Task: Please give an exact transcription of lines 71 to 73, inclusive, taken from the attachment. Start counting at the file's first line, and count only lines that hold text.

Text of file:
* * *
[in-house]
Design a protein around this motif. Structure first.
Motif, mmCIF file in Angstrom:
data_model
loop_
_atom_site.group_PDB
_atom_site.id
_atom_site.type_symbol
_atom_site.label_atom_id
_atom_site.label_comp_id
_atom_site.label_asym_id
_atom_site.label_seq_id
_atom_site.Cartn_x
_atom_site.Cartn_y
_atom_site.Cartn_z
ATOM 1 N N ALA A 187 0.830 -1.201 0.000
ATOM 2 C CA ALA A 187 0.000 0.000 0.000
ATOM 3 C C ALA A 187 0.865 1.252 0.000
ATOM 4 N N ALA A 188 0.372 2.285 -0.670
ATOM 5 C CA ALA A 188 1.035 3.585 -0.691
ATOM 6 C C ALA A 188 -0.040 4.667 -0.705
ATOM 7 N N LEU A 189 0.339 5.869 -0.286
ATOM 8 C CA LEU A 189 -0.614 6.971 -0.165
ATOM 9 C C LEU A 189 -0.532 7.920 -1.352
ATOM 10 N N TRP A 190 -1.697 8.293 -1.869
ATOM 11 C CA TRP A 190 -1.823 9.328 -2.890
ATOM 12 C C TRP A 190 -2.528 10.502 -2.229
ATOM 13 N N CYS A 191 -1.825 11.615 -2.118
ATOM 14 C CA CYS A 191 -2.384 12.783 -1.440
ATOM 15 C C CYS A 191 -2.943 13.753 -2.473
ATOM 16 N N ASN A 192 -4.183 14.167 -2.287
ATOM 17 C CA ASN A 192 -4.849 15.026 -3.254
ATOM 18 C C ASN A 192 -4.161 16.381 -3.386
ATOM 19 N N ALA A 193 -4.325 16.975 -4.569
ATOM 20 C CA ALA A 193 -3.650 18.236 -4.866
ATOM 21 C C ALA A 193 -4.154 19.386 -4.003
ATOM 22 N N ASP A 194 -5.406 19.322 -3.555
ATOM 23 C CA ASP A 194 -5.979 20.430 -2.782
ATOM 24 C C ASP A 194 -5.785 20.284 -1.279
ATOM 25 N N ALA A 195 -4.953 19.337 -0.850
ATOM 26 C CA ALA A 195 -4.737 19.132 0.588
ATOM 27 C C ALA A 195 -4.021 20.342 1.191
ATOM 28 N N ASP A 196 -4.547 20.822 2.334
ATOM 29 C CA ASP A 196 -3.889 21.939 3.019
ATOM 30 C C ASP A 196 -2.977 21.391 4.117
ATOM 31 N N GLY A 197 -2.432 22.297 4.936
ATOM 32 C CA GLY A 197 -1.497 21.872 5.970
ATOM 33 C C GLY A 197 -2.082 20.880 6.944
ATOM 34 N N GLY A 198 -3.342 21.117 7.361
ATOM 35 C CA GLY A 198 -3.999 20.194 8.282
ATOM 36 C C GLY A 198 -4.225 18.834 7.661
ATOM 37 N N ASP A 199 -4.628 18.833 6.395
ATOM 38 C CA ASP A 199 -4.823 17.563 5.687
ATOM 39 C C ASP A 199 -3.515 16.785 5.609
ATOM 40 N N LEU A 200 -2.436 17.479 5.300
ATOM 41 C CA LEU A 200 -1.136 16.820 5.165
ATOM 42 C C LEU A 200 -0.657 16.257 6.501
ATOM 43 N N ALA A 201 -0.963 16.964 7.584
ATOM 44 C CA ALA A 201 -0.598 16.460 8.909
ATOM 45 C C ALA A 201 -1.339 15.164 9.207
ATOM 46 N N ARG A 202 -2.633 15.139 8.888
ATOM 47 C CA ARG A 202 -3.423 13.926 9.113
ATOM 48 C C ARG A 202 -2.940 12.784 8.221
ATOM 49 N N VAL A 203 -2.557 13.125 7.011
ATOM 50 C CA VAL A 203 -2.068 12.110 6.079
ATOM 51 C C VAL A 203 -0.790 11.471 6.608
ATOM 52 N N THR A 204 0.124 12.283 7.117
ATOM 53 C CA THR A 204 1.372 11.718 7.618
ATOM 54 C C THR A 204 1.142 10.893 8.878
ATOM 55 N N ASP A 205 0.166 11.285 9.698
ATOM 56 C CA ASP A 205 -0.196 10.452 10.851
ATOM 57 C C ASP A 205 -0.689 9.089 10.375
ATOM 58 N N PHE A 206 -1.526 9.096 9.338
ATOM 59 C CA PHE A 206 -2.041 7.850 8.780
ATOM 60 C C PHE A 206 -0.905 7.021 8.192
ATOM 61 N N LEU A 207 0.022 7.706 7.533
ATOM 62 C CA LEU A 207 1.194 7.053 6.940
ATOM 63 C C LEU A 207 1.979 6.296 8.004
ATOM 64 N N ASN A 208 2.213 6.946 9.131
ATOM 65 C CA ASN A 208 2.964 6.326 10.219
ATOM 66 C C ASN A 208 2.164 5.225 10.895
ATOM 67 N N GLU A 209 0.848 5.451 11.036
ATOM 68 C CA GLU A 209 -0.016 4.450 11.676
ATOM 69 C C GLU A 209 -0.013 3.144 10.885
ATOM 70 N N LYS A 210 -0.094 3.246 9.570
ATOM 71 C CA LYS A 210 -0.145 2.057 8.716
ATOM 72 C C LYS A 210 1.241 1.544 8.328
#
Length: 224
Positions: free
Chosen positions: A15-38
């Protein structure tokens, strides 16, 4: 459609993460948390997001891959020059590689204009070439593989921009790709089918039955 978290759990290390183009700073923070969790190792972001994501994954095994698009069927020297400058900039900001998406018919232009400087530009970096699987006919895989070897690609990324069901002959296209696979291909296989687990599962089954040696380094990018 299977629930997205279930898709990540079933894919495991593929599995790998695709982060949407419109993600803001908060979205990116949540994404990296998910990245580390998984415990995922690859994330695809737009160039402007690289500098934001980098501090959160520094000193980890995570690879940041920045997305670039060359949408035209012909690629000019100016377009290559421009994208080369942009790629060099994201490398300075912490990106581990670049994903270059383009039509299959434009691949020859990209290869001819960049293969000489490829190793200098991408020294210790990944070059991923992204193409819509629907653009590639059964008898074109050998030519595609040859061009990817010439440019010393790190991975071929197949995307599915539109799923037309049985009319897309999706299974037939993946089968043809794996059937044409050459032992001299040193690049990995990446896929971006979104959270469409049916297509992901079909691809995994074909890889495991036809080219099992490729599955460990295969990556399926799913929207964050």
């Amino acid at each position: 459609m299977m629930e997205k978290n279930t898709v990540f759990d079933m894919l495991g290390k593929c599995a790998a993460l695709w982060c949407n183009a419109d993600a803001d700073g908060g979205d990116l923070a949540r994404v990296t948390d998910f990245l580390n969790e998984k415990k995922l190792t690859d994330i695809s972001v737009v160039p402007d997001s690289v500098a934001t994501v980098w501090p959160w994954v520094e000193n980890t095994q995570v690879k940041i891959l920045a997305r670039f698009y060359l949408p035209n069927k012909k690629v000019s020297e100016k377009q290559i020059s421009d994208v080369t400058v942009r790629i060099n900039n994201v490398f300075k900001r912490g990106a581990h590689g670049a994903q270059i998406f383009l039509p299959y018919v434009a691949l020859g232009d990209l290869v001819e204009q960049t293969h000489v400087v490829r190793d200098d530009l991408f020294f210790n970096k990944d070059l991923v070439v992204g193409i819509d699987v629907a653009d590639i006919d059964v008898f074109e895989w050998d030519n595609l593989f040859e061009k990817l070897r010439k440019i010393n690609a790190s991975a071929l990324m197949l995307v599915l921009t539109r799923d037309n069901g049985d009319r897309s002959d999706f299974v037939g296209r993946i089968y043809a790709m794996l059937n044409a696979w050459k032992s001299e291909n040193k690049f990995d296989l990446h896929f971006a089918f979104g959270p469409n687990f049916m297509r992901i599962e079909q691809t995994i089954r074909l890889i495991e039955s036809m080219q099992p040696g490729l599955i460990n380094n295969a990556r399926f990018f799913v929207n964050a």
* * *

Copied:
ATOM 56 C CA ASP A 205 -0.196 10.452 10.851
ATOM 57 C C ASP A 205 -0.689 9.089 10.375
ATOM 58 N N PHE A 206 -1.526 9.096 9.338